Those of you who subscribed to BIG Media Ltd. in the news platform’s inaugural year of 2021 might remember a piece I wrote about the power of critical thinking. I examined the idea of a “Great Pacific Garbage Patch” (Taking a critical look at the ‘Great Pacific Garbage Patch’) – an area in the Pacific Ocean reportedly the size of a small country, and so densely packed with floating garbage that it presents a massive environmental hazard.
Natural skepticism and a bit of critical thinking led me to question the existence of the garbage patch, so I undertook a couple of Google searches and a few elementary calculations. I quickly discovered that the patch is a fictional construct, through which one could sail without noticing any particular concentration of human-made debris.
I was reminded about that bit of critical thinking recently when I saw an opinion piece claiming that recycling plastics is harmful, largely because of the release of microplastics (Recycling plastic is doing more harm than we realise – so what’s the alternative?). The author expounded upon the many dangers of microplastics, to the point that he claimed he tries to avoid using plastics at all – a difficult task in the world today.
Of course, there are headlines aplenty about plastics pollution and the many, many dangers of microplastics. “The Effect of Microplastic on the Human Health”, recently released online says:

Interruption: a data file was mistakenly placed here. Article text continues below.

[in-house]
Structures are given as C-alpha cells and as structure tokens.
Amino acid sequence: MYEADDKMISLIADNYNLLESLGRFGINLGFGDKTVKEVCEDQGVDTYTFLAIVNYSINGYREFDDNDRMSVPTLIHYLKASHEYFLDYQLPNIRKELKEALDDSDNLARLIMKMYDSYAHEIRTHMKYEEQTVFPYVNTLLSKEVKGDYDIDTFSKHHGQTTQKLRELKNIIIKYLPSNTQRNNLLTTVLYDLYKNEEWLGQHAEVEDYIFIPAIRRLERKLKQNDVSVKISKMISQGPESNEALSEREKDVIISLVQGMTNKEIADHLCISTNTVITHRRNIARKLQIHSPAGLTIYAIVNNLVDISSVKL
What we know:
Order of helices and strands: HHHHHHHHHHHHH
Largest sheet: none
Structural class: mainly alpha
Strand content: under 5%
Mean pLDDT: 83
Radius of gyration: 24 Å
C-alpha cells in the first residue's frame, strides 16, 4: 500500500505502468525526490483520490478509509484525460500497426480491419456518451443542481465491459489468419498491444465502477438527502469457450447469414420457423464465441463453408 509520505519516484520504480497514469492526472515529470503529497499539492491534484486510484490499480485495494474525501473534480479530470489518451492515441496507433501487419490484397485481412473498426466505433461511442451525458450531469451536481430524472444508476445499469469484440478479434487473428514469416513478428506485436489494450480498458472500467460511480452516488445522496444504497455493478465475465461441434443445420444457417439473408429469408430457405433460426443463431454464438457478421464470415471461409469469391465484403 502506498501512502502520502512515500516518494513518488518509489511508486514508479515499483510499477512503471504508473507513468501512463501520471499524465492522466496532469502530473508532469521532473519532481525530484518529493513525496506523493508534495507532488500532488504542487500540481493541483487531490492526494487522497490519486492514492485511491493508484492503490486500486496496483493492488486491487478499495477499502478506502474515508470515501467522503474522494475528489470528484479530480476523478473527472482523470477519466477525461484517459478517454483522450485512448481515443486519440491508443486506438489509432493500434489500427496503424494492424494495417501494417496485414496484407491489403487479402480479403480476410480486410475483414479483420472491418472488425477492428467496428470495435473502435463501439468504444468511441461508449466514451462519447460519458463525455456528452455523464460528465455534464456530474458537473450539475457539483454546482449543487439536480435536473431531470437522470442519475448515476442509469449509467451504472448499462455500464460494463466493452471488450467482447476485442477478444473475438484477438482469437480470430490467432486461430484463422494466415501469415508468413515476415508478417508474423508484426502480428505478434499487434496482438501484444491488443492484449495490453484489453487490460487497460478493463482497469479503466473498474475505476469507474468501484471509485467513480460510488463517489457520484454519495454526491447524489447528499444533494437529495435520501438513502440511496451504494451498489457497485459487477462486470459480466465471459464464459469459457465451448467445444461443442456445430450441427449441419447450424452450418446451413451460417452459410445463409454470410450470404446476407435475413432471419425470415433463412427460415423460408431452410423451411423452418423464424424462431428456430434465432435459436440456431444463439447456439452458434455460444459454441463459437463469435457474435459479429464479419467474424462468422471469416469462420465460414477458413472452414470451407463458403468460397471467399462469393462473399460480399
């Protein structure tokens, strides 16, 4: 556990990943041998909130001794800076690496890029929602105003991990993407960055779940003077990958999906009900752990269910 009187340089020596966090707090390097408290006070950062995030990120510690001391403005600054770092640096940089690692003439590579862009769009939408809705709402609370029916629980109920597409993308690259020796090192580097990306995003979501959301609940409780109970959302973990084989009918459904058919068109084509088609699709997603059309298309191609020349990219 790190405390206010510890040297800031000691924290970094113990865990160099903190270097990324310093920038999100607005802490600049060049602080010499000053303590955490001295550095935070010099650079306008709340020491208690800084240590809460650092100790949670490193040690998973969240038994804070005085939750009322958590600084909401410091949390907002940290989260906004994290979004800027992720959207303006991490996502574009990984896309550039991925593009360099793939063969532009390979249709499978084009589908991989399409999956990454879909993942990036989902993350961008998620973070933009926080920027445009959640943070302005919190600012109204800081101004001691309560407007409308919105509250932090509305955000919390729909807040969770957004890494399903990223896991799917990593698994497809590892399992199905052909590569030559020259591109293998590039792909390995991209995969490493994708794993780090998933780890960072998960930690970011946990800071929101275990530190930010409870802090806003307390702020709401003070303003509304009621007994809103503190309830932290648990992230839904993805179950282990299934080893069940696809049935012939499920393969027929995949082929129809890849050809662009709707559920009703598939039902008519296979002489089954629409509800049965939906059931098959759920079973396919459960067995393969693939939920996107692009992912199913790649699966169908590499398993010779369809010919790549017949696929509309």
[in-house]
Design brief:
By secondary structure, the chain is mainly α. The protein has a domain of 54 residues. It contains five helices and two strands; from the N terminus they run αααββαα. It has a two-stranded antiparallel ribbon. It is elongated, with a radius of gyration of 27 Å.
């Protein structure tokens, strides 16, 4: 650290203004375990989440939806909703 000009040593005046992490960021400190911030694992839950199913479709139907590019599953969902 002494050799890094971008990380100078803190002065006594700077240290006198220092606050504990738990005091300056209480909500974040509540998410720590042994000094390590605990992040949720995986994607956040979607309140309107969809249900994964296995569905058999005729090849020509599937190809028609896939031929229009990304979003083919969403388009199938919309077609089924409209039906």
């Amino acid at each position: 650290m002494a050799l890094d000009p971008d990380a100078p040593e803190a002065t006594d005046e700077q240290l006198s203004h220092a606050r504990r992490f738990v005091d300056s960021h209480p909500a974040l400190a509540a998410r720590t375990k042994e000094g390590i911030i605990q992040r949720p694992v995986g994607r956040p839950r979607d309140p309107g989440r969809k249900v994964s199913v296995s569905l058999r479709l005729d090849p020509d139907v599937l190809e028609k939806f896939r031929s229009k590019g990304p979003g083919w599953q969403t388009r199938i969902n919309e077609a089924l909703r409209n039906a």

“The small particles of microplastics serve as carriers for bacteria and persistent organic pollutants, which are toxic organic compounds that take years to degrade. Moreover, they consist of chemical materials that are hazardous to human and animal health in high concentrations. The humans ingest microplastics by eating marine animals that have consumed the material or through drinking water or breathing air. Therefore, it is very important to have idea and information about microplastics and how to avoid or eliminate their effect on our life.”
WebMD, an online publisher of news and information pertaining to human health and well-being, quotes a researcher calling microplastics “a plastic time bomb,” and expressing the belief that “we are likely facing a public health emergency.” (Microplastics and Health Risks: What Do We Really Know?)
In response to these concerns in public discourse and mass media, Canada’s federal government commissioned an assessment that “found that plastic is polluting our rivers, lakes and oceans, harming wildlife, and generating microplastics in the water we use and drink.” Never wanting to let a good crisis go to waste, the Trudeau government decided to “pursue actions to reduce the amounts of macroplastics and microplastics that end up in the environment, in accordance with the precautionary principle.” (Single-use Plastics Prohibition Regulations – Overview) Canadians are now drinking through paper straws and trying to remember to bring their reusable grocery bags to market to avoid paying for a paper or plastic bag.
What struck me in reading about microplastics was the similarity to the “Garbage Patch” articles – everybody knew about it, everybody knew it was just terrible, but there appeared to be few published facts to back up the rhetoric. Just as critical thinking led me to ask, “How much garbage is really floating out there?” I also wondered “Why are microplastics so terrible? Are there really cases of environmental destruction or disease outbreaks associated with microplastics in the environment?”